An ongoing body of work exploring the linkages between geology, anthropology and contemporary discourse regarding the anthropocene and its manifold interpretations. Each of these objects was artificially carbonized in custom built kilns.
“I began exploring pyrolysis (carbonization) as a means of shifting an object’s time scale from the biologic towards the geologic, carbonized objects no longer decompose.” The work draws inspiration from the carbonized scrolls of Herculaneum, one of the largest intact if unreadable ancient libraries in the world. Looking at a carbonized object we decode its reference points and tell a story, but its past present and future are fused in a single object. The information conveyed and concealed within will continue to change for us over time, even if the object cannot.
Three sets of architects drawings for the preservation of an historic adobe home in Los Angeles. Along the exterior surface of each scroll, the original drawings can still be seen. The carbonization process preserves as it destroys, entombing knowledge, linking culture to geology.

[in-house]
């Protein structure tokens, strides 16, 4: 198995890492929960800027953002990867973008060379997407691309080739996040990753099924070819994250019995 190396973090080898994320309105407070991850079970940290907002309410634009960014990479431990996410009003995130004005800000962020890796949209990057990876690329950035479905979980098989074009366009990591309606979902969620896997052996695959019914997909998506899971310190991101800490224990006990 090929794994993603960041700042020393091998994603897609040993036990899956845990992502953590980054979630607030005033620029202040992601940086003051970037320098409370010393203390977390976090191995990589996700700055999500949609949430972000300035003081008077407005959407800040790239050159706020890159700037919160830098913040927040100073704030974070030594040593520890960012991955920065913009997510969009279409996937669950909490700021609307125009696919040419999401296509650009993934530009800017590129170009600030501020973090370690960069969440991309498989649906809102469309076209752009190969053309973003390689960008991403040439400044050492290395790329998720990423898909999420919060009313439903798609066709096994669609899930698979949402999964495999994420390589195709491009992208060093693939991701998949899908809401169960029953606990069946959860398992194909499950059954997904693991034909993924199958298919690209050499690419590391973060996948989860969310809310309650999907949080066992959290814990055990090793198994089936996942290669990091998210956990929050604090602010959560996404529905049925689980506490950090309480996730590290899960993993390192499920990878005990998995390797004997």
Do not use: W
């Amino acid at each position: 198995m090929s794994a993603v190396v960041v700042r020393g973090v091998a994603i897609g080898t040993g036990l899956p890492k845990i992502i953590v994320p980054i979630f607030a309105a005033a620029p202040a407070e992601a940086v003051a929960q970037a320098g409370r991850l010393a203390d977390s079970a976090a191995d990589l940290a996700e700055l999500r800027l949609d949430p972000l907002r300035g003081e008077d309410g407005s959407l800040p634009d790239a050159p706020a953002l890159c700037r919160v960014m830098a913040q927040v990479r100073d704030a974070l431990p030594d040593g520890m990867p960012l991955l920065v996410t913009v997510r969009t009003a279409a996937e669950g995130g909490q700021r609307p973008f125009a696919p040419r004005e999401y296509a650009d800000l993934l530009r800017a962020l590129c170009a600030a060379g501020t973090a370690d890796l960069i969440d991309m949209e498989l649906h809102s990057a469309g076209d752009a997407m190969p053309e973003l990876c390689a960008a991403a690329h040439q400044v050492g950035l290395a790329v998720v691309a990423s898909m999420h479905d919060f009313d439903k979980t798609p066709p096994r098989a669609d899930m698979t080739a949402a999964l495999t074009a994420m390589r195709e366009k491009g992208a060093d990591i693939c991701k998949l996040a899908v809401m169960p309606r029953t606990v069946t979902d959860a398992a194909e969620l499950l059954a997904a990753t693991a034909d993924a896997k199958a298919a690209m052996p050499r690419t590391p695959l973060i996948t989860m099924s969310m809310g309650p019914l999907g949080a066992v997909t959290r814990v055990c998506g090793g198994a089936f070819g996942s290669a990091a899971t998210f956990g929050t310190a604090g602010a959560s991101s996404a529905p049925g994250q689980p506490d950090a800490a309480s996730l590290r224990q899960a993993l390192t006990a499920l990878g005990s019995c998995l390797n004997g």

Detail from an installation in Santorini, Greece. Between 1642–1540 BCE, the island of what was then Thera erupted destroying much of the land mass and the Minoan civilization that lived there. This installation remembers the eruption through a series of carbonized plants that grew from the cracks and crevices of the gallery. Carbonized food stuffs from the ancient Minoans can still be seen on display in the National Archeological Museum of Athens.